The average amount of time invested in earning a Ph.D. is five to six years, but it varies considerably by field. Students begin their advanced study with course work which serves as the foundation for their specific area of interest and also prepares them for their qualifying examination. Passing the qualifying exam admits the provisional candidate to full degree candidacy and a greater effort dedicated toward the doctoral research, a period culminating in writing and defending the thesis.
In the first several years of graduate study, students take courses and prepare for their qualifying examinations. The department may have a limited set of core requirements or students may choose from grouped selectives to study in subdisciplines. If the student's faculty advisor or committee has identified specific gaps in undergraduate training, they may require the student to take an upper level undergraduate course in that area. Reading and research tutorials will also be a part of the academic program for a Ph.D. In the natural sciences, there may be opportunity for research rotations so that students come to know the faculty in the department and their research emphasis. Students in certain areas of the humanities will need to demonstrate foreign language competency or take courses to satisfy the departmental requirement. If a graduate student has been awarded a teaching assistantship, he or she will also participate in teaching and grading undergraduates, most commonly in sections of large lecture courses.
Defining the thesis topic
As a result of focused study, especially in writing seminar papers or conducting individual research projects, graduate students identify one or more specific questions or themes that are either unanswered or unaddressed in the existing literature or that the student thinks may be improved by a different approach of research or way of thinking. When it sparks a keen interest and is approved by the thesis advisor, such an idea may be selected as the topic for the doctoral dissertation. Thesis topics are decided before qualifying examinations.
One achieves full degree candidacy by passing the qualifying examination, usually in the second or third year of graduate study. In preparation for this exam, also known as the preliminary exam, students are usually required to submit a significant piece of writing, typically a proposal for the doctoral research. The document may serve as a focus for all or part of the examination itself, but the exact format of the exam is determined by a department. It is usually an oral exam but may have one or more written components as well. An oral examination is conducted with the student's faculty committee, composed of three or four members from within the department and one or two members from an outside department. It is conducted in the manner of a spirited discussion of the proposed dissertation subject within the context of that field and also covers fundamental issues in the field of inquiry. The examinee is called upon to defend his or her arguments developed in the written proposal or stated within the exam itself, to answer detailed questions and to discuss broad issues.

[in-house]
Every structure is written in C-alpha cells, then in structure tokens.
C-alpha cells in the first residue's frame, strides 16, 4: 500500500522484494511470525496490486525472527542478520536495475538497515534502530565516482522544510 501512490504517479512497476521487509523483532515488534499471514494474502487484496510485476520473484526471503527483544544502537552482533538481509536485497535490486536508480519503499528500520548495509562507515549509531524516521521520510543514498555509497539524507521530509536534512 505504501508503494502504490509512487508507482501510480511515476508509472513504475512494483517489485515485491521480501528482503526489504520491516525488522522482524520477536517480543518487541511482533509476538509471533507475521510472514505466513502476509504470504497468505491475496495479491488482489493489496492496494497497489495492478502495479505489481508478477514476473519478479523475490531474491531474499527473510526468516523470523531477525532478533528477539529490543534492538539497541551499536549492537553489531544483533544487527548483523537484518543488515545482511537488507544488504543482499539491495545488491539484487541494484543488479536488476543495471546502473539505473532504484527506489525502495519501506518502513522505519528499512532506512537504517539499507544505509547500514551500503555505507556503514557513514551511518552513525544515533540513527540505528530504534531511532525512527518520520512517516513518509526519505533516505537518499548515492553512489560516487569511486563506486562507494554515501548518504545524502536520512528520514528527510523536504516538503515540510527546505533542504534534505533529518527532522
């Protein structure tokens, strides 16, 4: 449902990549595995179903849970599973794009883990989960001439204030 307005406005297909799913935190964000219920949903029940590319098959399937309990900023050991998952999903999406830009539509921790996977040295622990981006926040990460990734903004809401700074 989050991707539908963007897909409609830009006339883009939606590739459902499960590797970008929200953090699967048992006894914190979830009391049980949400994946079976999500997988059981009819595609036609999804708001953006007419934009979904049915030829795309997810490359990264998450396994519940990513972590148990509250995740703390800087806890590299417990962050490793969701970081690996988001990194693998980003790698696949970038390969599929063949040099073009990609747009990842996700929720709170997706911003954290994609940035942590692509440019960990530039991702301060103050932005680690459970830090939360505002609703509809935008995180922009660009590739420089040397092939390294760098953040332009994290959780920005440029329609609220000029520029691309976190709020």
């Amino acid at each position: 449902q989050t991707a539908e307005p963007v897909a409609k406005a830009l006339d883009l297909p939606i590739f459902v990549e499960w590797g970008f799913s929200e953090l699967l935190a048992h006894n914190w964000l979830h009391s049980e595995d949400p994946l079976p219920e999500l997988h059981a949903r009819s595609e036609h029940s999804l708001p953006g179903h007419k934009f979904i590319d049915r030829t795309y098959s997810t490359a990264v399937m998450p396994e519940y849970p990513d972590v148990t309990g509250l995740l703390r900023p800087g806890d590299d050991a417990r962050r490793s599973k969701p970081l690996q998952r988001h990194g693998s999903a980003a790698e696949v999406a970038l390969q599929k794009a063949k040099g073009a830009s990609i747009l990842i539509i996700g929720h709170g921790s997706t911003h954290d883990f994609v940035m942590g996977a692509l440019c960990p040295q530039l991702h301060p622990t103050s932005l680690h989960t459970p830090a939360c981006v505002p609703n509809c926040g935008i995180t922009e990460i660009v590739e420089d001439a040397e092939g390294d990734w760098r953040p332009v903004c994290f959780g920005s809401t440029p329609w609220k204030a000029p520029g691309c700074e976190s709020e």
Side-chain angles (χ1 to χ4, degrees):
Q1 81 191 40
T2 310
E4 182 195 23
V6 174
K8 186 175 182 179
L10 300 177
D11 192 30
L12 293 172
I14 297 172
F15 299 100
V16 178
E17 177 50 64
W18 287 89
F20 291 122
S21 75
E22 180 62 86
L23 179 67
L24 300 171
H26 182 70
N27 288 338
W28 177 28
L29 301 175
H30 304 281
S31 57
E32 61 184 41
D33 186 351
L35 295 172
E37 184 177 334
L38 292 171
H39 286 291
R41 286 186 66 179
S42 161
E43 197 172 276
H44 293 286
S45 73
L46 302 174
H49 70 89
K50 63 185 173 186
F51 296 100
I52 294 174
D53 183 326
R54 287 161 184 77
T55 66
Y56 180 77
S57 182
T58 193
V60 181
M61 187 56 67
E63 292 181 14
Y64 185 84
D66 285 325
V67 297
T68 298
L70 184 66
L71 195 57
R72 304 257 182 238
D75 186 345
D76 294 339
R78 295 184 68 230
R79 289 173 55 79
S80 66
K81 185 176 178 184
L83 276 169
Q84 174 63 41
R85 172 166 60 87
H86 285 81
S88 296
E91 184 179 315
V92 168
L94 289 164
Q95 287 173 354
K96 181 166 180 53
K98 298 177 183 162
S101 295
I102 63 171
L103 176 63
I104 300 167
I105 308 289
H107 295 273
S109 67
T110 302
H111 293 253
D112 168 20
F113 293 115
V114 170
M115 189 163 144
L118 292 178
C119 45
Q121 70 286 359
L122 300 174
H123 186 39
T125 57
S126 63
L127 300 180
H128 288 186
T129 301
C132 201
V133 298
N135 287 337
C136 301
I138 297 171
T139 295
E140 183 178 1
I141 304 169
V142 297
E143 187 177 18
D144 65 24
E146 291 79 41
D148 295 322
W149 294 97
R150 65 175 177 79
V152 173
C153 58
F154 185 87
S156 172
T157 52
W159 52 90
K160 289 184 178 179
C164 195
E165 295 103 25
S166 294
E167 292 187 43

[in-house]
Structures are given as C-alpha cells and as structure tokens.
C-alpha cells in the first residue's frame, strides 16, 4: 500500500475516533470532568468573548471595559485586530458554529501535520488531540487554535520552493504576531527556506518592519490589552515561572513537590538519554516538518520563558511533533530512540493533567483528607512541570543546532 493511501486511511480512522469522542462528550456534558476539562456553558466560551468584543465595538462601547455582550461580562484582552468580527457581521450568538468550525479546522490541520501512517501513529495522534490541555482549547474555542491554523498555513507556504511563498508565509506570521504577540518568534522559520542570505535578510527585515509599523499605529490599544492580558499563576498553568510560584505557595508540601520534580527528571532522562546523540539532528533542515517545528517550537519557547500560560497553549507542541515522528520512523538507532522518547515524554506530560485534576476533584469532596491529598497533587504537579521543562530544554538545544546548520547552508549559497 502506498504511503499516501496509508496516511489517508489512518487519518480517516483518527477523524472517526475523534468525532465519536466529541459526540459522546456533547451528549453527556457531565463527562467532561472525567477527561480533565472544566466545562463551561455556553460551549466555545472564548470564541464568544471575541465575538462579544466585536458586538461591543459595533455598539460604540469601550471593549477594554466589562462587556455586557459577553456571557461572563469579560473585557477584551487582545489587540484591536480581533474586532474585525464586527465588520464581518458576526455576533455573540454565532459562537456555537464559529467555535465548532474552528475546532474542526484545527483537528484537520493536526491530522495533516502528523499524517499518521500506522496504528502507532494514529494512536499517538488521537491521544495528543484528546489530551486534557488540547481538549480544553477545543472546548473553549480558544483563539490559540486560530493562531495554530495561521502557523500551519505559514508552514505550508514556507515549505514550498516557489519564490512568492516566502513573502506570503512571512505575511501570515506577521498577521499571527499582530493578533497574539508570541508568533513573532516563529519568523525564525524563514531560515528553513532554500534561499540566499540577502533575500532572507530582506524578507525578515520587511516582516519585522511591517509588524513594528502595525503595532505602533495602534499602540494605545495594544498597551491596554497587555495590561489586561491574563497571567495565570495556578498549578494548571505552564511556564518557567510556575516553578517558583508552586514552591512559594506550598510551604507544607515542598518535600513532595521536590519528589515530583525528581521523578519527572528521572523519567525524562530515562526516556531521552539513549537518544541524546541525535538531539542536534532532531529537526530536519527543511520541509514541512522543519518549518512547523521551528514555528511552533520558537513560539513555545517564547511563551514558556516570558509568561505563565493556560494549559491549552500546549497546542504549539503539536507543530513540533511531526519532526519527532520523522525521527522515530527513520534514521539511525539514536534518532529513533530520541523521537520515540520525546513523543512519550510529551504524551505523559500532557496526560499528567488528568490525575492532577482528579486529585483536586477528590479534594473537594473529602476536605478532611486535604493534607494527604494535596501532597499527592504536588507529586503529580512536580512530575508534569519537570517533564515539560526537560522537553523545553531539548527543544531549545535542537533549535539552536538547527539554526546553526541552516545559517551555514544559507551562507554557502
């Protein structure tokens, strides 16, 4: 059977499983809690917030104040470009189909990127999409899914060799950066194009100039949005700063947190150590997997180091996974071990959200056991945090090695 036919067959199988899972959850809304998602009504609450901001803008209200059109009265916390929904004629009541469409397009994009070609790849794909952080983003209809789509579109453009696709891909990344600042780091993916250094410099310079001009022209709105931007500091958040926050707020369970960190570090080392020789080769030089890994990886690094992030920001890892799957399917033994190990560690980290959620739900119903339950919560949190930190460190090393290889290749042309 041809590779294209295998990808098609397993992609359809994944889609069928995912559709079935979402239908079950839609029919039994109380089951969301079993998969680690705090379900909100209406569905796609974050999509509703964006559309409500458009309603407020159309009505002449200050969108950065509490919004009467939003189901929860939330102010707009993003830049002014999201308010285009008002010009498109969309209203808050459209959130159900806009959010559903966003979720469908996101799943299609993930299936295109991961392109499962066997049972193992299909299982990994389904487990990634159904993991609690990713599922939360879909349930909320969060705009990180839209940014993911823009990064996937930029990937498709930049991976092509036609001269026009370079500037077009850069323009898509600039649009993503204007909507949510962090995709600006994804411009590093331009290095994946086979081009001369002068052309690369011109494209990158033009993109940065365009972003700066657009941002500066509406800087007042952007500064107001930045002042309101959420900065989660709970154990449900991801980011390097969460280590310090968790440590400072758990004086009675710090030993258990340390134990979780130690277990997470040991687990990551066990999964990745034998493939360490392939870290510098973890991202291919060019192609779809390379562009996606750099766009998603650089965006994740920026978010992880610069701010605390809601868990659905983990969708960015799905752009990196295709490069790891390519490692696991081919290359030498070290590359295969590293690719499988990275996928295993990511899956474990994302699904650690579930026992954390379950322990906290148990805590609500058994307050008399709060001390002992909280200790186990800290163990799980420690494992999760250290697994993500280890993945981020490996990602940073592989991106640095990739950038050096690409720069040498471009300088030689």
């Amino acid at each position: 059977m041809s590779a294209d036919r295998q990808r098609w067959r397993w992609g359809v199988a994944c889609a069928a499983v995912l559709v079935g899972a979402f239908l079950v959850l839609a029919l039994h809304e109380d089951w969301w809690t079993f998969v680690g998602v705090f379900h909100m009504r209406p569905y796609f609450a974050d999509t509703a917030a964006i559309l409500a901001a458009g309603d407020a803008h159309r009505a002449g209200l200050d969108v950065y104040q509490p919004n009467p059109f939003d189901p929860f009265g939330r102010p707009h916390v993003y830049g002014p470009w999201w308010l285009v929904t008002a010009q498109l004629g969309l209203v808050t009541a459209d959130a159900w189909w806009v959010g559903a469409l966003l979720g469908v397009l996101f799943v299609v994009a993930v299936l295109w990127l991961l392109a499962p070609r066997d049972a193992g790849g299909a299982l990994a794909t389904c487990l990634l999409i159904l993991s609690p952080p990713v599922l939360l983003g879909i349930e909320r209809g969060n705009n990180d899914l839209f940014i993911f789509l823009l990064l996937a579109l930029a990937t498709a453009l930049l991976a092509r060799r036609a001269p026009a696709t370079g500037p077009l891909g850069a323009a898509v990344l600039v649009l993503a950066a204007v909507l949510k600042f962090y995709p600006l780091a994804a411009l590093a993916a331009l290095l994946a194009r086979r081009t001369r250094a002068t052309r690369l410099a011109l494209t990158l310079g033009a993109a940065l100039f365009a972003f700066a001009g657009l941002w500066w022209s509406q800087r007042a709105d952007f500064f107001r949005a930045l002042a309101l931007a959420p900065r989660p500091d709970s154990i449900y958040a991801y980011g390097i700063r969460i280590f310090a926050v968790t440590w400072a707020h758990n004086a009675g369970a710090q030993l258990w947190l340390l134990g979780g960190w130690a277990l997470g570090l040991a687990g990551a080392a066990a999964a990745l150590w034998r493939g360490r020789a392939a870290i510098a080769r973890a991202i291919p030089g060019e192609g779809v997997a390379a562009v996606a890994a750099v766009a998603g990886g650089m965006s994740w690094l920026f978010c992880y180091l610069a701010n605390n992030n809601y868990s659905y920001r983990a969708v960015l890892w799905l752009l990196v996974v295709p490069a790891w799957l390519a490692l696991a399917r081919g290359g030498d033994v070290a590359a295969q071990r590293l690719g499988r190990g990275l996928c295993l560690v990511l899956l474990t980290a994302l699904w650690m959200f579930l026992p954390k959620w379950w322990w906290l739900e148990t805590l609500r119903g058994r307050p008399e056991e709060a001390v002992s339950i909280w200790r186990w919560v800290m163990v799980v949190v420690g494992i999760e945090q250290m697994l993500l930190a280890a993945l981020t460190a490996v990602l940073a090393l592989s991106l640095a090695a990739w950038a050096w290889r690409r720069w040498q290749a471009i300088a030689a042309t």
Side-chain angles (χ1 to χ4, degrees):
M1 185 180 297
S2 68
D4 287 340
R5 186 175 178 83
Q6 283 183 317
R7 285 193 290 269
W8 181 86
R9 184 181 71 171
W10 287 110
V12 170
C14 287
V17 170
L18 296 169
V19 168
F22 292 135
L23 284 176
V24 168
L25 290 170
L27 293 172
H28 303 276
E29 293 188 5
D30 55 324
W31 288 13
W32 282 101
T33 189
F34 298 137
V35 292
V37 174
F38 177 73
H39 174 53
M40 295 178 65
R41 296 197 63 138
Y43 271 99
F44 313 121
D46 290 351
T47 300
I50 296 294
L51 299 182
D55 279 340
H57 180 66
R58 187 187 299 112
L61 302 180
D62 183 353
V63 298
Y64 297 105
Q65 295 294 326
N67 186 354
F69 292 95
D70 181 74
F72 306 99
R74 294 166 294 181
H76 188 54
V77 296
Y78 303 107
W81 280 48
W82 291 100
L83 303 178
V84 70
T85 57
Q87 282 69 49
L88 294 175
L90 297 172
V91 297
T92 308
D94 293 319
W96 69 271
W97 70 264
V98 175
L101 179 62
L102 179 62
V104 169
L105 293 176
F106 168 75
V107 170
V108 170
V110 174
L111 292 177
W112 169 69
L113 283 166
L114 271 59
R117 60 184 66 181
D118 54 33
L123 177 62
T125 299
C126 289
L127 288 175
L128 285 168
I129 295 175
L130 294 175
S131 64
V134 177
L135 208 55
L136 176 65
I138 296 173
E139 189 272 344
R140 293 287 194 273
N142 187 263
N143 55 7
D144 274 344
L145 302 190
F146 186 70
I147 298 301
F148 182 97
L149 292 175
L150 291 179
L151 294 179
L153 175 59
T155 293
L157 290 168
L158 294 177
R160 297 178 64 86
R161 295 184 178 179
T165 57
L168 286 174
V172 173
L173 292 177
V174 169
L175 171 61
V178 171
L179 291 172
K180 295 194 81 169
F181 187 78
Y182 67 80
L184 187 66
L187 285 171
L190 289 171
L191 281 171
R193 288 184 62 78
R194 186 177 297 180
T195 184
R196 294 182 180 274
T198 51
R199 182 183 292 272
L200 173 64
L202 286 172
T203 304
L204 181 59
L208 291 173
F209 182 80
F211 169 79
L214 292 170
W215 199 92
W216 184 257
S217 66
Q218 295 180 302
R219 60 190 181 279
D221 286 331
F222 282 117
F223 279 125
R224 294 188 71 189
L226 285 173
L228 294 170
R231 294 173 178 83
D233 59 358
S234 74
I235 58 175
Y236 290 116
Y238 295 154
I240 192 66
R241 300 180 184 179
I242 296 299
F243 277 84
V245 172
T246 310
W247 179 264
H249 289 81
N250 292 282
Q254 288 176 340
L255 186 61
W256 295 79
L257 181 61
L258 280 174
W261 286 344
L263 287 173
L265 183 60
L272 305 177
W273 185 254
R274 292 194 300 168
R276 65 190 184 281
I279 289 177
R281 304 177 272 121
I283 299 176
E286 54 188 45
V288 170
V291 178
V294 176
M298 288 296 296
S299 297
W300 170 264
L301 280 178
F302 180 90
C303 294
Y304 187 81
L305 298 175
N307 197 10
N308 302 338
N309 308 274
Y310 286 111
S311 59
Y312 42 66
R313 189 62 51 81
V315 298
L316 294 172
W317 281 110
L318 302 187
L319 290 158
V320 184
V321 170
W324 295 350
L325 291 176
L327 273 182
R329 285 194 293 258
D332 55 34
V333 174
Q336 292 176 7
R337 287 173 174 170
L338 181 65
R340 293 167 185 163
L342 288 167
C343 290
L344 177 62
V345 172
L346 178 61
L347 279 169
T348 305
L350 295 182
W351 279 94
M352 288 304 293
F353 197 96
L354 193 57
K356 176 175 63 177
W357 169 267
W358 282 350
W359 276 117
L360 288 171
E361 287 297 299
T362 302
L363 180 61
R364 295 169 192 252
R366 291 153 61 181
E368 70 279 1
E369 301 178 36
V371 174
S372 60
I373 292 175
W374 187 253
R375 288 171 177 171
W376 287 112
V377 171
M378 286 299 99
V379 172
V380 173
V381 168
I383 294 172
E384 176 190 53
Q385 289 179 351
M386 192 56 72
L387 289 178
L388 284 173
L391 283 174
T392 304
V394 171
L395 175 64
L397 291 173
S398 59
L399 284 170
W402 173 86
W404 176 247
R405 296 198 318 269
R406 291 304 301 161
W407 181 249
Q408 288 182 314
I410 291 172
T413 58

Research and dissertation
Passing the qualifying examination admits one to full candidacy for the doctoral degree with a greater effort on thesis research in the library, museum, field, or laboratory, and preparation of the doctoral dissertation. Students learn by experience to apply accepted methods of investigation, analysis, and interpretation — or, in some cases, to question those accepted procedures--as part of their original research. Through this focused investigation, a graduate student develops expertise on a well defined subject. Upon its completion, the thesis is defended before the same faculty committee that conducted the earlier preliminary examination. Each committee member reads the printed thesis and formulates questions to explore the candidate's assumptions, methodology, interpretation of results, and to make comparisons with the work of others in the field.
Awarding of the Ph.D.
The Ph.D. degree is conferred by the President at the institution's commencement ceremony, and schools may also have hooding ceremonies for their graduate candidates. To these celebrations, recipients of Ph.D.s wear the doctoral cap and gown, often in the colors of the university and distinguished by velvet front panels, velvet cross bars on the sleeves and an elaborate hood. You will see a wide array of Ph.D. regalia in the faculty processions of formal ceremonies at Duke.
While working on the later stages of the thesis, most graduate students are also involved in a job search for placement in one of the many settings for which their graduate training has prepared them. The Career Center staff at the Ph.D. institution will normally provide services to graduate students as they do to undergraduates, and the professional society of the discipline may publish job openings in many settings. If seeking an academic career in a research intensive university, new doctoral recipients in the natural sciences will first apply for postdoctoral positions and grants since this is the norm in these disciplines; postdoctoral positions in writing programs are increasing in number for students in the humanities and social sciences. Graduate students who have planned their careers toward primarily undergraduate institutions often apply directly to smaller colleges.